14 Paul makes a distinction between longsuffering and forbearance, as in Romans 2:4: “Despisest thou the riches of his goodness and forbearance and longsuffering?” In “longsuffering” we have the thought here and there expressed by God in the Psalms and elsewhere by the Hebrew “arich apaim”--“slow to wrath.” God patiently bears with evil. Indeed, he repeatedly delays vengeance, apparently more ready to forgive than to punish, even under extreme provocation and having just reason to chastise. Longsuffering extends farther than patience. Patience bears evil and injustice; but longsuffering delays punishment. It does not design to punish; it would not take hasty revenge. Unlike the revengeful, it wishes no one evil. Many we see, indeed, who suffer much and are patient but at the same time trust in a final avenging. The longsuffering Christian, however, is opposed to revenge, desiring the sinner to amend his ways.

V.13. “Forbearing one another, and forgiving each other, if any man have a complaint against any; even as the Lord forgave you, so also do ye.”

15 In this verse all law is abolished among Christians. One is not permitted to demand, through process of law, the recovery of his property. He must forgive and yield. Christ's example enjoins this principle; he has forgiven us. And what is the extent of his forgiveness? He pardons past sins, but that is not all; as John says (1 Jn 2:1-2), “If any man sin, we have an Advocate with the Father, Jesus Christ the righteousness and he is the propitiation for our sins.”

16 Note, it is the true Christian saints whom Paul describes, but he looks upon them as infirm to the extent of offending and complaining against one another. This is a state of affairs by no means becoming Christians and saints. So I say Christ's kingdom is a mystery obscure beyond the power of our preaching and teaching sufficiently to explain. Unbelievers cannot be induced to work, but believers cannot be withheld from working. Some would not believe and some would not love.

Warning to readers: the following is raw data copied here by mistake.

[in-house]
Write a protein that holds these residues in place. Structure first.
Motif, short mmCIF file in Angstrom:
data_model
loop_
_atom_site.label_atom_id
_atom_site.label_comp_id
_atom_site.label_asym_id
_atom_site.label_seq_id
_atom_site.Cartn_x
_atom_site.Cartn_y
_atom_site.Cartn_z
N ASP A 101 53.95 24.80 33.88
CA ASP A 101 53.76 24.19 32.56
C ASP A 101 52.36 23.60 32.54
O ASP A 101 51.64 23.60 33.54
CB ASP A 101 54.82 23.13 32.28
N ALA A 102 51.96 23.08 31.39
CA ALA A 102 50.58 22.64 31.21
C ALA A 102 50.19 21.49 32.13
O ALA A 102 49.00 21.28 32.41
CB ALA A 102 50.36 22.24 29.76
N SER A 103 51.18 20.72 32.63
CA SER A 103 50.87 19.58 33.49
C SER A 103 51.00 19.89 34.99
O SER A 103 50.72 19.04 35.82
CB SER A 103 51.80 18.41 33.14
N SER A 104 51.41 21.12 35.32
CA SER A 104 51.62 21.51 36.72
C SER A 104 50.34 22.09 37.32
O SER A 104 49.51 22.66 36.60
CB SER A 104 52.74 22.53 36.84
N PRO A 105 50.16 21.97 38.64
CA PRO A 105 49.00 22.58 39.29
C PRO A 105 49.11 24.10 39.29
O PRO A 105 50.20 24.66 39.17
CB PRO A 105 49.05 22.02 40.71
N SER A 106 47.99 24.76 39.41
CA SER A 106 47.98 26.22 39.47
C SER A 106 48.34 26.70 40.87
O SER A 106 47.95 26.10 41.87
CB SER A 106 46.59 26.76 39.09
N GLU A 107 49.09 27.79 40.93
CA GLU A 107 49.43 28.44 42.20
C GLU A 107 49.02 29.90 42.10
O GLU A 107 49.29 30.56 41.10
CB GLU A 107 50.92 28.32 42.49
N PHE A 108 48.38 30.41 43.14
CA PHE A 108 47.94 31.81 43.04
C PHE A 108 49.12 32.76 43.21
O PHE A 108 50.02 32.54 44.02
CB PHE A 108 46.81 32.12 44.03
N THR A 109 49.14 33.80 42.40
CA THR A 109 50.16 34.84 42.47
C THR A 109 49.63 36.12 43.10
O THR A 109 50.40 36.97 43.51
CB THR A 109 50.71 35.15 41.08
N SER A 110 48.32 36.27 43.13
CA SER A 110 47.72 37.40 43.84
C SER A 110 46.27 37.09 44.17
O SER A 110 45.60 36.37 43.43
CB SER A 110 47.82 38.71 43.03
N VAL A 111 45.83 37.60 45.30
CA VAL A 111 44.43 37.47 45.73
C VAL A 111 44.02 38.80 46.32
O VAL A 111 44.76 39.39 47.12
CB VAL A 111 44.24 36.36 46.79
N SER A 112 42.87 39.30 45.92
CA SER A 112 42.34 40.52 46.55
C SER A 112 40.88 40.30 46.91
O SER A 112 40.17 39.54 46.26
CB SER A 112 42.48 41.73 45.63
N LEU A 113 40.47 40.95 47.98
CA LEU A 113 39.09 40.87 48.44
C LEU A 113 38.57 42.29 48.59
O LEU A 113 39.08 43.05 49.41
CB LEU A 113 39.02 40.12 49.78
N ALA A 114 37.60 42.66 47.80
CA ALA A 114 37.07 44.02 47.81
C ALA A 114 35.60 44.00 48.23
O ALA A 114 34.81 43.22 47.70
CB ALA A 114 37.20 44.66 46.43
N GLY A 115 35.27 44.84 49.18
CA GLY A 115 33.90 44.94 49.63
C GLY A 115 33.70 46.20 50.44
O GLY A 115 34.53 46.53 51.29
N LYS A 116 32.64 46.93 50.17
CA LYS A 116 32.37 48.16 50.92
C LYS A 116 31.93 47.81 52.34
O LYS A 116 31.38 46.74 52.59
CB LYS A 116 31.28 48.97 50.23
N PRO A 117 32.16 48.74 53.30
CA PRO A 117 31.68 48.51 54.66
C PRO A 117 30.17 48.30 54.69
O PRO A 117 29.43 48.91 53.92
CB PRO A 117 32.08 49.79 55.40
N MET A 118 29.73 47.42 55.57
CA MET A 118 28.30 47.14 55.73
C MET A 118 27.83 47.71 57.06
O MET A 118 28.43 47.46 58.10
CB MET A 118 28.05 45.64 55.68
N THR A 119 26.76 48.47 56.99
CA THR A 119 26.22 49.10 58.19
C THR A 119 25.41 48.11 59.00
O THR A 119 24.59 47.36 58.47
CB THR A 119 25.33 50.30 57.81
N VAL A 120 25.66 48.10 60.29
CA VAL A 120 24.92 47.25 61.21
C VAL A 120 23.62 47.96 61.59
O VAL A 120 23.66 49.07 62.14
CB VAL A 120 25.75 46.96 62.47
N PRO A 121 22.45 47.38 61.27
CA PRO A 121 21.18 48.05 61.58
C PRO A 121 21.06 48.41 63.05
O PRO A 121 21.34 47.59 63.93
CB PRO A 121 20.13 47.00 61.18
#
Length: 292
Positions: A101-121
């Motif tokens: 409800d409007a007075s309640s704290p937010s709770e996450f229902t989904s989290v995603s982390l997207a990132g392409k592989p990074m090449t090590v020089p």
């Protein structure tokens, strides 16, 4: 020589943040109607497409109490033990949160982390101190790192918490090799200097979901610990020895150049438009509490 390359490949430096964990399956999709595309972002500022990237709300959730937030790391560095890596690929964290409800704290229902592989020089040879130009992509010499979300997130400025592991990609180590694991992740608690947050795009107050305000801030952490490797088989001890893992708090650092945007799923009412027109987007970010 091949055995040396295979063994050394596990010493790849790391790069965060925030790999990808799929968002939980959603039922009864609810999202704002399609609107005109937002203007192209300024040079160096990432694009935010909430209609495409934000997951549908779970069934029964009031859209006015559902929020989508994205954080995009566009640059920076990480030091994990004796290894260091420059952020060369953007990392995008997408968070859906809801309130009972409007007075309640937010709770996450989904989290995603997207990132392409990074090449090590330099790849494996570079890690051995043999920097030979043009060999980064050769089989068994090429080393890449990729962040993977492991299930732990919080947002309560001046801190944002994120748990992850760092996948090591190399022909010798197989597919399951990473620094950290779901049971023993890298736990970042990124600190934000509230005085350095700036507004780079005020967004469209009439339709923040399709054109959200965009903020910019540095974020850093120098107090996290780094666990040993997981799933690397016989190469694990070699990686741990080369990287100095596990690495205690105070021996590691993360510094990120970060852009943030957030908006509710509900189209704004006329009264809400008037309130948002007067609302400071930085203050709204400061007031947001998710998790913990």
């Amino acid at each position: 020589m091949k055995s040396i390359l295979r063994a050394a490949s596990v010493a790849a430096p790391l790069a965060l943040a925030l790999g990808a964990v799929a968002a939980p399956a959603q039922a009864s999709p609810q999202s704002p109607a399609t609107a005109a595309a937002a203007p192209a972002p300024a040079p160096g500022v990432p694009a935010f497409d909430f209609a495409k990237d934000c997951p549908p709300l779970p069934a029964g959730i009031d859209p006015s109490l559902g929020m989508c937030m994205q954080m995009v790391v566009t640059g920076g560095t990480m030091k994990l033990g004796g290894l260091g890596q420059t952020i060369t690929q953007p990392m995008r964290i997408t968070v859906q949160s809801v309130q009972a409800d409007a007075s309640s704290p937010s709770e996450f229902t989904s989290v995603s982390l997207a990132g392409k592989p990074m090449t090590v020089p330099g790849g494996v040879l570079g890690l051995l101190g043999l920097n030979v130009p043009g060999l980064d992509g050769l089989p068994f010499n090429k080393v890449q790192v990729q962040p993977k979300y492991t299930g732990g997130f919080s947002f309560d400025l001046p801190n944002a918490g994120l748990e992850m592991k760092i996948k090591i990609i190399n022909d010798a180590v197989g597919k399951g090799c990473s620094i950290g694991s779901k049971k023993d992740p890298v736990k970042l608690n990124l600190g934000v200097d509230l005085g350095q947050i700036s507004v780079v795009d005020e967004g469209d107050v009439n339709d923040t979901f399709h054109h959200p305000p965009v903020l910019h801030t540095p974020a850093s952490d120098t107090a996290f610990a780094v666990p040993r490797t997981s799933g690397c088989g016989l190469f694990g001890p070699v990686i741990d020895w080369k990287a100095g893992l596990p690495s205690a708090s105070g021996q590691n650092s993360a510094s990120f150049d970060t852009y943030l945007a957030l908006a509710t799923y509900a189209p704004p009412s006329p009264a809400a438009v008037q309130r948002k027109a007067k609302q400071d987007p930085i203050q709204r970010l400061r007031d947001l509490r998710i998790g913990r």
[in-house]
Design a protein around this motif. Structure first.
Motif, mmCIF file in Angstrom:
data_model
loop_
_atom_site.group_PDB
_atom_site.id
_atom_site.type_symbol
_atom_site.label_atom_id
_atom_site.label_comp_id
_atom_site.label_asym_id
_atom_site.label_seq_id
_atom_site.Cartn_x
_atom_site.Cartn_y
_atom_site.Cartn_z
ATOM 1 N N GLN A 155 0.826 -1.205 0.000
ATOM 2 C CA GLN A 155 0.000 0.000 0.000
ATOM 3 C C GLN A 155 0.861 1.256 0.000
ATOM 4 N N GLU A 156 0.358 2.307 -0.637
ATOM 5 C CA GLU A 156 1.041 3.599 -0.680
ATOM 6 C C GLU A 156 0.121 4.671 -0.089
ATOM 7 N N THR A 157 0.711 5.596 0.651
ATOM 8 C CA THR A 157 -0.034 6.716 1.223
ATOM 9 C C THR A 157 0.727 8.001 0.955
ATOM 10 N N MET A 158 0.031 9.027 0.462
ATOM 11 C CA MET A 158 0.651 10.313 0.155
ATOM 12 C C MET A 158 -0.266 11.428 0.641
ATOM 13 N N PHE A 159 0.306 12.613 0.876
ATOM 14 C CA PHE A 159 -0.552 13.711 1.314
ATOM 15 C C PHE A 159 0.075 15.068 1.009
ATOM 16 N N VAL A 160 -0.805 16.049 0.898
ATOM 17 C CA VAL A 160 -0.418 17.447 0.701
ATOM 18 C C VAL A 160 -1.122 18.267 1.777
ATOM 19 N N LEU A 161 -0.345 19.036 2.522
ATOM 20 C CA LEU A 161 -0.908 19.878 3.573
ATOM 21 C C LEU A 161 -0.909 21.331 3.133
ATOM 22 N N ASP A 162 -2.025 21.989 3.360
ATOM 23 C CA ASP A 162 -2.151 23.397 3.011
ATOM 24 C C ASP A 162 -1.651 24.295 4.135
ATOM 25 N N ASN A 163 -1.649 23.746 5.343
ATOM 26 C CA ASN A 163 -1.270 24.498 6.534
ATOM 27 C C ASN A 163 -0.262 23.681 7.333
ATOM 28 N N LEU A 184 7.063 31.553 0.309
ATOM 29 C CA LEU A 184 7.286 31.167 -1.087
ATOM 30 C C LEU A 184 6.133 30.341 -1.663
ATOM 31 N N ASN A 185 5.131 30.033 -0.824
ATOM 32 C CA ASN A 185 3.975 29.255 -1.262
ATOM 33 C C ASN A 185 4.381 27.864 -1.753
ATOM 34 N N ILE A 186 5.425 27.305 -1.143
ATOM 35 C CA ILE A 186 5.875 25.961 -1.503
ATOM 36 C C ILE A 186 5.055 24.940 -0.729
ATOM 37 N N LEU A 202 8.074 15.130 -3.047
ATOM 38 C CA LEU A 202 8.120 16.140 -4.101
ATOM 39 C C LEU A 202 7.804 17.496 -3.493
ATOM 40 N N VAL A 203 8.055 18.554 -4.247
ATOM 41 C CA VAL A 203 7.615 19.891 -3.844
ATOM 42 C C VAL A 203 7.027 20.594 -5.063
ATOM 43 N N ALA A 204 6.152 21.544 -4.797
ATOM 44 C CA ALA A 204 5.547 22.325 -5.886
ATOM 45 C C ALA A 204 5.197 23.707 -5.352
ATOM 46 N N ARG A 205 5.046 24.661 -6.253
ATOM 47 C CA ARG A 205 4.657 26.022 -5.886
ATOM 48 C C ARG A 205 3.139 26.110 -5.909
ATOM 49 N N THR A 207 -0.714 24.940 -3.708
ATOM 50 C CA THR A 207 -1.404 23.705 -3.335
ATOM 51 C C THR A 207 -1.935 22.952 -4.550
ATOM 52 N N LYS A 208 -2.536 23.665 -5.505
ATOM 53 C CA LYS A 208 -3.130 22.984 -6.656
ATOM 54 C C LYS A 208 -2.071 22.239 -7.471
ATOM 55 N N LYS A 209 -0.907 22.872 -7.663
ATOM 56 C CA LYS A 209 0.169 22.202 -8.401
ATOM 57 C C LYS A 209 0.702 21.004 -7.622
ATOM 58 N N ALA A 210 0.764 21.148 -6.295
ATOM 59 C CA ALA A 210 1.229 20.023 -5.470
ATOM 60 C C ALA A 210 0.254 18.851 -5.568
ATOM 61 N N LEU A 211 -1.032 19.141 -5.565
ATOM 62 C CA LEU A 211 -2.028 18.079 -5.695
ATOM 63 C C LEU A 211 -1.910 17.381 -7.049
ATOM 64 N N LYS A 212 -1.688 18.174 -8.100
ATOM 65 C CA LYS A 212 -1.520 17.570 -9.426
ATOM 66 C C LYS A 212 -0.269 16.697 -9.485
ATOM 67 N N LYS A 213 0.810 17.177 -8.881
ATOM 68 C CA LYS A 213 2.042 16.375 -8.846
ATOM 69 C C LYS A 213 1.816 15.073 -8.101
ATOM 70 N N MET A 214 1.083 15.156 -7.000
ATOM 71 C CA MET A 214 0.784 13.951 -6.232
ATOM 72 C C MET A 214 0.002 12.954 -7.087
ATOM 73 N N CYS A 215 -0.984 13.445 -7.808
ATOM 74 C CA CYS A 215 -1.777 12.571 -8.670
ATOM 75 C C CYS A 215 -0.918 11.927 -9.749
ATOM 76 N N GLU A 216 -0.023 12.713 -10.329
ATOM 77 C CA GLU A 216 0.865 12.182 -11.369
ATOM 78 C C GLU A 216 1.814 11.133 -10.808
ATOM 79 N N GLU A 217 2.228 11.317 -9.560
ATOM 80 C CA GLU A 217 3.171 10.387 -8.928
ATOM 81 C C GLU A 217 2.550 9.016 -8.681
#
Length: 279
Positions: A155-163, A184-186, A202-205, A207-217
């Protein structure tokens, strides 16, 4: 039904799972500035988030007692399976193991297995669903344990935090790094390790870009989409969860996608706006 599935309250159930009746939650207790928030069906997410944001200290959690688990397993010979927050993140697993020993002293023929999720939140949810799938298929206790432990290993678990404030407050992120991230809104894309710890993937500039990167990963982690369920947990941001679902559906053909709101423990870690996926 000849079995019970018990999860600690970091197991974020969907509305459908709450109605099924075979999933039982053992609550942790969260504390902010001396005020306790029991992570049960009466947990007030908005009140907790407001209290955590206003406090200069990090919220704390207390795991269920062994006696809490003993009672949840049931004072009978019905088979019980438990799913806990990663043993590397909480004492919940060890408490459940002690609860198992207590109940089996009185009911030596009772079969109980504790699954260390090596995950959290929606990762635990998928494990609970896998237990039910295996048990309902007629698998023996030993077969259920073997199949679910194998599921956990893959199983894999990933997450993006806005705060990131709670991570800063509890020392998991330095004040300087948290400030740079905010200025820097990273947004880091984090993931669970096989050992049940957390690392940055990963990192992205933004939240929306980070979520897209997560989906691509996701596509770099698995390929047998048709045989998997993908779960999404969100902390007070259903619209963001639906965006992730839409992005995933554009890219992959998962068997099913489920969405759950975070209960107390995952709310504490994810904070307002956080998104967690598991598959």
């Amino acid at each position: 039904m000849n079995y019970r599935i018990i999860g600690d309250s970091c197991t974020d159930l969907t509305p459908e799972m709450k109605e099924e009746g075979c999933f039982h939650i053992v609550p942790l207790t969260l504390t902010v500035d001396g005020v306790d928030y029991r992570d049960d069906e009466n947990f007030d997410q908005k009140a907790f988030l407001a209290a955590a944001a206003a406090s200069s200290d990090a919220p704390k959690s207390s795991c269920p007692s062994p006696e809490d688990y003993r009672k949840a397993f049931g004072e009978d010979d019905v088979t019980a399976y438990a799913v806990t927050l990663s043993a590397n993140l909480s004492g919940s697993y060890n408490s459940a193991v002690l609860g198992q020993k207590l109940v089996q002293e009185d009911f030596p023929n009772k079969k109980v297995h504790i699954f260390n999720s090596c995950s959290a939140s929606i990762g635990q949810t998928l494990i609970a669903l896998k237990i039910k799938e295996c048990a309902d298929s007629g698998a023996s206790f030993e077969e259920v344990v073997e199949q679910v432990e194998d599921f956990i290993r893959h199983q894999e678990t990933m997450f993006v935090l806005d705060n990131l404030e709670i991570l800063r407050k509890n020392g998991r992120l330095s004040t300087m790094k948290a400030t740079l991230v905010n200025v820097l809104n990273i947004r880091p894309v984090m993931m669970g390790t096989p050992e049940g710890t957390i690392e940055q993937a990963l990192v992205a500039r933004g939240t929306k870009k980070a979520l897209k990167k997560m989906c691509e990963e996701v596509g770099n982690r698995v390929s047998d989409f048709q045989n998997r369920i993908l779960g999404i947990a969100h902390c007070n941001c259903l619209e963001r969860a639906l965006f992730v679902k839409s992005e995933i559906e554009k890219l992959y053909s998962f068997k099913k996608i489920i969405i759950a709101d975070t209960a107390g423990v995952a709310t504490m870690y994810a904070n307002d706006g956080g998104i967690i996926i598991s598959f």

It is true of Christ's kingdom that his Christians are not perfectly holy. They have begun to be holy and are in a state of progression. There are still to be found among them anger, evil desire, unholy love, worldly care and other deplorabIe infirmities, remains of the old Adam. Paul speaks of these things as burdens which one must bear for a neighbor (Gal 6:2), and in Romans 15:1, he admonishes us to “bear the infirmities of the weak.” Likewise Christ loved his apostles much and suffered much from them, and he still daily bears with his own.

17 Some, enumerating the fruits of the Spirit mentioned in Galatians 5:22-23, say a Christian should be gentle, meek, longsuffering, chaste; and they look upon this passage as a law commanding such fruits. Hence they refuse to recognize as Christians any who fail to possess the fruits in perfection. Now, such individuals cannot believe there is a Christ, certain as the fact is. They judge malignantly, complaining that Christians do not exist. They take offense at Christ for his superior wisdom. For Christ has given us scriptural authority for knowing Christians by their fruits. He says (Mt 7:16), “By their fruits ye shall know them.” Here they are emphatic.

18 Can you locate the failure of such an individual? He fails in the fact that he understands absolutely nothing of Christ's kingdom. For he misinterprets the passages referring to Christians. He understands the statement that Christians should be kind and meek, to mean they must never become angry, must bear anything and show impatience toward none; if they do not so, they cannot be Christians, for they have not the fruits. Dear man, what but his own blindness can lead him to such a conclusion? He fancies Christianity to be a holy order of perfection, altogether without infirmity, a perfection as in heaven among the angels. But tell me, where do the Scriptures speak thus of Christians?